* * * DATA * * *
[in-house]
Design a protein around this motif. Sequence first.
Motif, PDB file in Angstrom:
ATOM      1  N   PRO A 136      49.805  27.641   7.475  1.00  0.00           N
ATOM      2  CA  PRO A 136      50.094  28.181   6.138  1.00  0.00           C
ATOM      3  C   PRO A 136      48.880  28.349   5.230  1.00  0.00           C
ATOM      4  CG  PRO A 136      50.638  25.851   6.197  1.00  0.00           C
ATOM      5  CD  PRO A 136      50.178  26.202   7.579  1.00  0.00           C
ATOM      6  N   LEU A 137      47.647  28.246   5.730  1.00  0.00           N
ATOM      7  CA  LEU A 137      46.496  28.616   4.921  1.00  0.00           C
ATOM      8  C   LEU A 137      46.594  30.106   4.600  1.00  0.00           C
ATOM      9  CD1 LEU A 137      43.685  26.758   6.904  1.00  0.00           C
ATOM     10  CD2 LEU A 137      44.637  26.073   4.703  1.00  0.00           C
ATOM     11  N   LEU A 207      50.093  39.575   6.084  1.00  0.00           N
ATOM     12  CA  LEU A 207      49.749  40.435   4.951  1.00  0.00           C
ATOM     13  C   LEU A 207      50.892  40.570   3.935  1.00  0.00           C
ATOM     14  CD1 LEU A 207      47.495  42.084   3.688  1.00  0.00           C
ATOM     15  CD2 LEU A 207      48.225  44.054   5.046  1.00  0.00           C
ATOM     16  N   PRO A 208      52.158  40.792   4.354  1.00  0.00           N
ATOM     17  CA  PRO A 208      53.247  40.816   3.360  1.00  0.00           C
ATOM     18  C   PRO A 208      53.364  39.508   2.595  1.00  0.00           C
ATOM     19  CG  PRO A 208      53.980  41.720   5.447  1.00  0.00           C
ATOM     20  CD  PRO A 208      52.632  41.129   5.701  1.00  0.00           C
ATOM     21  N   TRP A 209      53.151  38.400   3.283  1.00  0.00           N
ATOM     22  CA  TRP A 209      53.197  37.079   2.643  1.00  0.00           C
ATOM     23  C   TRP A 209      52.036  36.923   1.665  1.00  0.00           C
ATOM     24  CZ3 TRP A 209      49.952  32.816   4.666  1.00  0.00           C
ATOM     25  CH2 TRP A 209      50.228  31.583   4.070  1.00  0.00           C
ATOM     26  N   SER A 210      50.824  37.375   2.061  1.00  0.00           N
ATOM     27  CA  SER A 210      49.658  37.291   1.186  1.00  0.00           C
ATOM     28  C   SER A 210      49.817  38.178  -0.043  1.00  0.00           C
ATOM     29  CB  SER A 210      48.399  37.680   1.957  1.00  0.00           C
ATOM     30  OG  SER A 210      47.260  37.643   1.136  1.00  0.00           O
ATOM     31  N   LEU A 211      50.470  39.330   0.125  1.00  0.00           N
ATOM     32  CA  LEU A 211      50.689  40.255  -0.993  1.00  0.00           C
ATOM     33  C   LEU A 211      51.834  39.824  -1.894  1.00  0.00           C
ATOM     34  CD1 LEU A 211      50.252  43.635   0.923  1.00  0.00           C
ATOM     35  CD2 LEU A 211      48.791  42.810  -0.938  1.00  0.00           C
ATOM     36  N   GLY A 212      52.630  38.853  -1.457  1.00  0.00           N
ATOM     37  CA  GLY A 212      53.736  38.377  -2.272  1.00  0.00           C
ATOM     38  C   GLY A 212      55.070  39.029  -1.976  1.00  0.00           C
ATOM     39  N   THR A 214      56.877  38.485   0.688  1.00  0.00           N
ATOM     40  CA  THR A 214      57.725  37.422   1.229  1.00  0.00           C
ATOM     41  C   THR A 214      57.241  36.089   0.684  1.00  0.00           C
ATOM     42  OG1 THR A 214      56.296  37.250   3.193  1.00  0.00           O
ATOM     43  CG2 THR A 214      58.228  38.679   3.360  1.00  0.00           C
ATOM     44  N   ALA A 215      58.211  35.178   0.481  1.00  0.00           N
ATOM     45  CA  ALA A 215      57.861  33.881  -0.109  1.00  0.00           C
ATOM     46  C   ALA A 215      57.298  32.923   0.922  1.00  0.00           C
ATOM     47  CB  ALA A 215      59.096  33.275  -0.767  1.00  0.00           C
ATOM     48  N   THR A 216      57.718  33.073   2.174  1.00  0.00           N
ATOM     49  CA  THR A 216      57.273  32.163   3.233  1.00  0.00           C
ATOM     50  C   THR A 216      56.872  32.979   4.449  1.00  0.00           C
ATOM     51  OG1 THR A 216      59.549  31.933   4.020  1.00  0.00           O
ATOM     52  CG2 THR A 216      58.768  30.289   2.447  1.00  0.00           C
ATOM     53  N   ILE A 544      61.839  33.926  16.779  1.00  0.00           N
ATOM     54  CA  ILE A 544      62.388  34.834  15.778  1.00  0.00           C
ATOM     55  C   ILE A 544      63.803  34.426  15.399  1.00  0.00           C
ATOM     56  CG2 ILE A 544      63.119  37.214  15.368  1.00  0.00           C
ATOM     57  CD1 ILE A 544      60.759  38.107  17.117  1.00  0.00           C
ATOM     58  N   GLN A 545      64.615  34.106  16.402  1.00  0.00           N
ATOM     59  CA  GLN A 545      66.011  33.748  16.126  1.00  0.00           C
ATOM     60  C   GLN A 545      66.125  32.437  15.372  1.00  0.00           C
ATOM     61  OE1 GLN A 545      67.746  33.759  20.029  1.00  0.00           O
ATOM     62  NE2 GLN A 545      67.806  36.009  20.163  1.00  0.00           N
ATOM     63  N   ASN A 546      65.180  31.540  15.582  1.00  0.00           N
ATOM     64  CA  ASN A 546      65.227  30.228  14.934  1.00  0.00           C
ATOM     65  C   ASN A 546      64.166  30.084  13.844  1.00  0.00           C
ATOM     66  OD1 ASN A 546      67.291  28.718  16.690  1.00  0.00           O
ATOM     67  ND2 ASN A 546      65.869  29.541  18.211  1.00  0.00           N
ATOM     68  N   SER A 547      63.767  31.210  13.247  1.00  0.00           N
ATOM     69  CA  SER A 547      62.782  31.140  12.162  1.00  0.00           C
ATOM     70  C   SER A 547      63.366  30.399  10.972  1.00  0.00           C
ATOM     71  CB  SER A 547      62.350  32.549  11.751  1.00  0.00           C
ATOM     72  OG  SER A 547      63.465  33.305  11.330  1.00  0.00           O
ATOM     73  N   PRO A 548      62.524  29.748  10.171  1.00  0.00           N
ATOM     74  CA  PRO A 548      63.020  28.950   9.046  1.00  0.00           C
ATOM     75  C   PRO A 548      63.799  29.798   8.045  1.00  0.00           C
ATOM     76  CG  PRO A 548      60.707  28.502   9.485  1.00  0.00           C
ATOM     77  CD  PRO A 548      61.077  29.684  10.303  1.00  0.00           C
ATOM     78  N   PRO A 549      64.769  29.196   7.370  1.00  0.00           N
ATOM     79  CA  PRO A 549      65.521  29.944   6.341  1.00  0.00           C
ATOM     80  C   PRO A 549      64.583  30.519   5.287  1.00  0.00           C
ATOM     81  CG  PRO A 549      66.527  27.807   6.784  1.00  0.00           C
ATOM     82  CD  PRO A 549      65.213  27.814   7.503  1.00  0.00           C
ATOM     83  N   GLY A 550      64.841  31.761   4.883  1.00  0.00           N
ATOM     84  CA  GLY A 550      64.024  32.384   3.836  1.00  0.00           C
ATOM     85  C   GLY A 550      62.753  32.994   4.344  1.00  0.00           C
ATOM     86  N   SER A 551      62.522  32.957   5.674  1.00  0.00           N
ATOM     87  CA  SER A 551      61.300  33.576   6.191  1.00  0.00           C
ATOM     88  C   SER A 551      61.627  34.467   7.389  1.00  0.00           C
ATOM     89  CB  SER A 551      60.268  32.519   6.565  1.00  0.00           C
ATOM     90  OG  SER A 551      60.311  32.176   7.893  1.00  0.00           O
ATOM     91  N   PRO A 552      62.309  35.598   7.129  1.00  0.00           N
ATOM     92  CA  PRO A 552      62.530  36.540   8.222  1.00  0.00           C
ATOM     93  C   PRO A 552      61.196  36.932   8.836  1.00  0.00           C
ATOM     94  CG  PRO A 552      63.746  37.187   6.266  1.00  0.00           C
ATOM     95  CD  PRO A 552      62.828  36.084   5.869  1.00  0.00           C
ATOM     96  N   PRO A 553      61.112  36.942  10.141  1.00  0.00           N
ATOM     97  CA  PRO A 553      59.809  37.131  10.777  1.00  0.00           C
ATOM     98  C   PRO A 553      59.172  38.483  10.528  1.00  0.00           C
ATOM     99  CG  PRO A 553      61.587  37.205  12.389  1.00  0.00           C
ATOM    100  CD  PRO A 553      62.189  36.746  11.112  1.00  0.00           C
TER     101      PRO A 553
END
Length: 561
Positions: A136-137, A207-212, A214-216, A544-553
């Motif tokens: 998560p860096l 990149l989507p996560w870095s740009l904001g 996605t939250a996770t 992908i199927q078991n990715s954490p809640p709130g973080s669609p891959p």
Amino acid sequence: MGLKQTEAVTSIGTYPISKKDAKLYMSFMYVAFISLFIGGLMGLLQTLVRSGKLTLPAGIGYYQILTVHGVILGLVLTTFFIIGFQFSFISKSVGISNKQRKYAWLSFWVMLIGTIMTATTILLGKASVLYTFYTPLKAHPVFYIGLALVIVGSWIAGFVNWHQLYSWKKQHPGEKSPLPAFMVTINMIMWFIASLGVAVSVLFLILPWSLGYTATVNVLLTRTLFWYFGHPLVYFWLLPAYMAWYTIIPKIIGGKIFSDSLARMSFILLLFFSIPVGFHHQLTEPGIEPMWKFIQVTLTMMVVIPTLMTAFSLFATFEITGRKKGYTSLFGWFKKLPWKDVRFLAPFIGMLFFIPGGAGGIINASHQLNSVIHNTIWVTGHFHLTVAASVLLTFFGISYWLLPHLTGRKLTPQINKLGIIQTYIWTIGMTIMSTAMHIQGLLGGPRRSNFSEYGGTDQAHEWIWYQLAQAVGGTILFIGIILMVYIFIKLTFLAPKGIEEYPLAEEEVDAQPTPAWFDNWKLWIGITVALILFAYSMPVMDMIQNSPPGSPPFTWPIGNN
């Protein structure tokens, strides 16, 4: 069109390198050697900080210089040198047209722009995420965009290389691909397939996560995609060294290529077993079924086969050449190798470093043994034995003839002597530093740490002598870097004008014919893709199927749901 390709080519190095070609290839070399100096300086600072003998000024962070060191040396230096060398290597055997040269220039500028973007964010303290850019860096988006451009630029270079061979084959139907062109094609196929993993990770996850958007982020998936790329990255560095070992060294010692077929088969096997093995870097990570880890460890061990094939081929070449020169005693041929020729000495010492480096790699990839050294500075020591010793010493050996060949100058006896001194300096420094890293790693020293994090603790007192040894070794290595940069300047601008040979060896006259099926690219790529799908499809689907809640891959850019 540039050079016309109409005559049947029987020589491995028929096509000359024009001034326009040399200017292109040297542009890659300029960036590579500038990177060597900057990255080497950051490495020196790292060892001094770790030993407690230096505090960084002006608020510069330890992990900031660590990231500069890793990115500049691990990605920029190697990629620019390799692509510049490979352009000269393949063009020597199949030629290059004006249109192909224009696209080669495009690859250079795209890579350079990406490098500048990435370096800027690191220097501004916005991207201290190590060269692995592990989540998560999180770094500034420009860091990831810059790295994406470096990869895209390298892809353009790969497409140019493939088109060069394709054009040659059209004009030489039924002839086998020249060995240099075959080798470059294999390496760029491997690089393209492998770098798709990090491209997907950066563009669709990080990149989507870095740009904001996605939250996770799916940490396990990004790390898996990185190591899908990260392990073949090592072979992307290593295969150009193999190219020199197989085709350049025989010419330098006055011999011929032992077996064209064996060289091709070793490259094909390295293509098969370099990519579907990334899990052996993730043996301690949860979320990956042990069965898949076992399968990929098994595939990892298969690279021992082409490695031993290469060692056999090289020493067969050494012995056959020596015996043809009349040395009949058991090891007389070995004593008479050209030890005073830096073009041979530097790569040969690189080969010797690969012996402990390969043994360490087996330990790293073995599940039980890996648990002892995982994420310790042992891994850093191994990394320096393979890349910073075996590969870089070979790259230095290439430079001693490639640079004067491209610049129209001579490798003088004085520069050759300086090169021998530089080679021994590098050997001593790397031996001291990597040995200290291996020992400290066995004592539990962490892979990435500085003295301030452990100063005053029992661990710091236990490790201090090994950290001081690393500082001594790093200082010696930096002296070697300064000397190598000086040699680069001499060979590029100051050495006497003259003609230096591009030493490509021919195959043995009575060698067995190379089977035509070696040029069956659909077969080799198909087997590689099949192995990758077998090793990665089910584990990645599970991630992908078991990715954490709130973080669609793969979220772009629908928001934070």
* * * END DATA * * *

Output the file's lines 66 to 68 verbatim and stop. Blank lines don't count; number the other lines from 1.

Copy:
ATOM     63  N   ASN A 546      65.180  31.540  15.582  1.00  0.00           N
ATOM     64  CA  ASN A 546      65.227  30.228  14.934  1.00  0.00           C
ATOM     65  C   ASN A 546      64.166  30.084  13.844  1.00  0.00           C